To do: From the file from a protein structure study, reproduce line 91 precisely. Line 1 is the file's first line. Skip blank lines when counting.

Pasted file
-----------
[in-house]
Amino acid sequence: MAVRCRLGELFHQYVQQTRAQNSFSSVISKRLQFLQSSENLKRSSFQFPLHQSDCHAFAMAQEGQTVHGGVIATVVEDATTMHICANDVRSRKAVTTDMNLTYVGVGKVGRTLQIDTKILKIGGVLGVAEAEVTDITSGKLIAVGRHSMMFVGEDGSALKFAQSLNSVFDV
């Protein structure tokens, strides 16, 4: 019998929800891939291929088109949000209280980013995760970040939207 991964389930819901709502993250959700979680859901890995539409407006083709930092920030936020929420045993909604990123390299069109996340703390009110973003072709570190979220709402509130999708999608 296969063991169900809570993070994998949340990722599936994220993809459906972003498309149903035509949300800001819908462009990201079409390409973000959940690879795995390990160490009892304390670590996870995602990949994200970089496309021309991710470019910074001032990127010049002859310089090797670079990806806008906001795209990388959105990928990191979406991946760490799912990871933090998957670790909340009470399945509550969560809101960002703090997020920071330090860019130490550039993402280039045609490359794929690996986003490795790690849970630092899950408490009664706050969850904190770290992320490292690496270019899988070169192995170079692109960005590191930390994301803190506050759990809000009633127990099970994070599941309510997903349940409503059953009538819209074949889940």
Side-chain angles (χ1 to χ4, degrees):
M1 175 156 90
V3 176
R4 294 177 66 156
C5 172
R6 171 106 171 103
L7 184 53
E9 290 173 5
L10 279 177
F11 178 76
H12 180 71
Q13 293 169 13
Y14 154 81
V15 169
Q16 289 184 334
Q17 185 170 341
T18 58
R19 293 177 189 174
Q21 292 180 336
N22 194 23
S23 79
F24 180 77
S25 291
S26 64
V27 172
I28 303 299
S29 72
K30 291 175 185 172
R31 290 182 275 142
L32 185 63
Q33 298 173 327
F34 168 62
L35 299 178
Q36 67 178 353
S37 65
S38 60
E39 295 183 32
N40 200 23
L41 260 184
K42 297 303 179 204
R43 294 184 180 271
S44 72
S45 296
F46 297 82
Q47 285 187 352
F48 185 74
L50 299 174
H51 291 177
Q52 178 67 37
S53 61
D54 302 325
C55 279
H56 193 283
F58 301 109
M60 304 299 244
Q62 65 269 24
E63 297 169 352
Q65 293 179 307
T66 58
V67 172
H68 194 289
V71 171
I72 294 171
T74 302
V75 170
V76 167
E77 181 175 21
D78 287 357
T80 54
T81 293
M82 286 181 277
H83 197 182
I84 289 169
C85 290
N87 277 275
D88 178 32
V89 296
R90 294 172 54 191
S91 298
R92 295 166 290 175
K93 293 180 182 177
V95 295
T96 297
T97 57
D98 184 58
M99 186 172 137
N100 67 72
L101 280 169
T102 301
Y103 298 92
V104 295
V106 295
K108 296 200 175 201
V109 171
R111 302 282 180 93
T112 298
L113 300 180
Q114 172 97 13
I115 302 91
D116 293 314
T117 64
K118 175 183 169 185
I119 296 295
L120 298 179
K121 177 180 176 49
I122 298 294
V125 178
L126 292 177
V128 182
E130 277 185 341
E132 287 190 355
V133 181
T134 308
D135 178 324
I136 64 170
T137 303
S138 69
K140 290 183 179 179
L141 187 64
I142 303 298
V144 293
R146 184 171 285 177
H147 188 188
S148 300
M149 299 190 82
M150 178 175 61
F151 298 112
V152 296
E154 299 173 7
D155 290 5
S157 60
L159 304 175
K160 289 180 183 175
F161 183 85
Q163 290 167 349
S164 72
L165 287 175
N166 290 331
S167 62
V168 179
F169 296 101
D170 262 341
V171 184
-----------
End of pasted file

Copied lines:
L101 280 169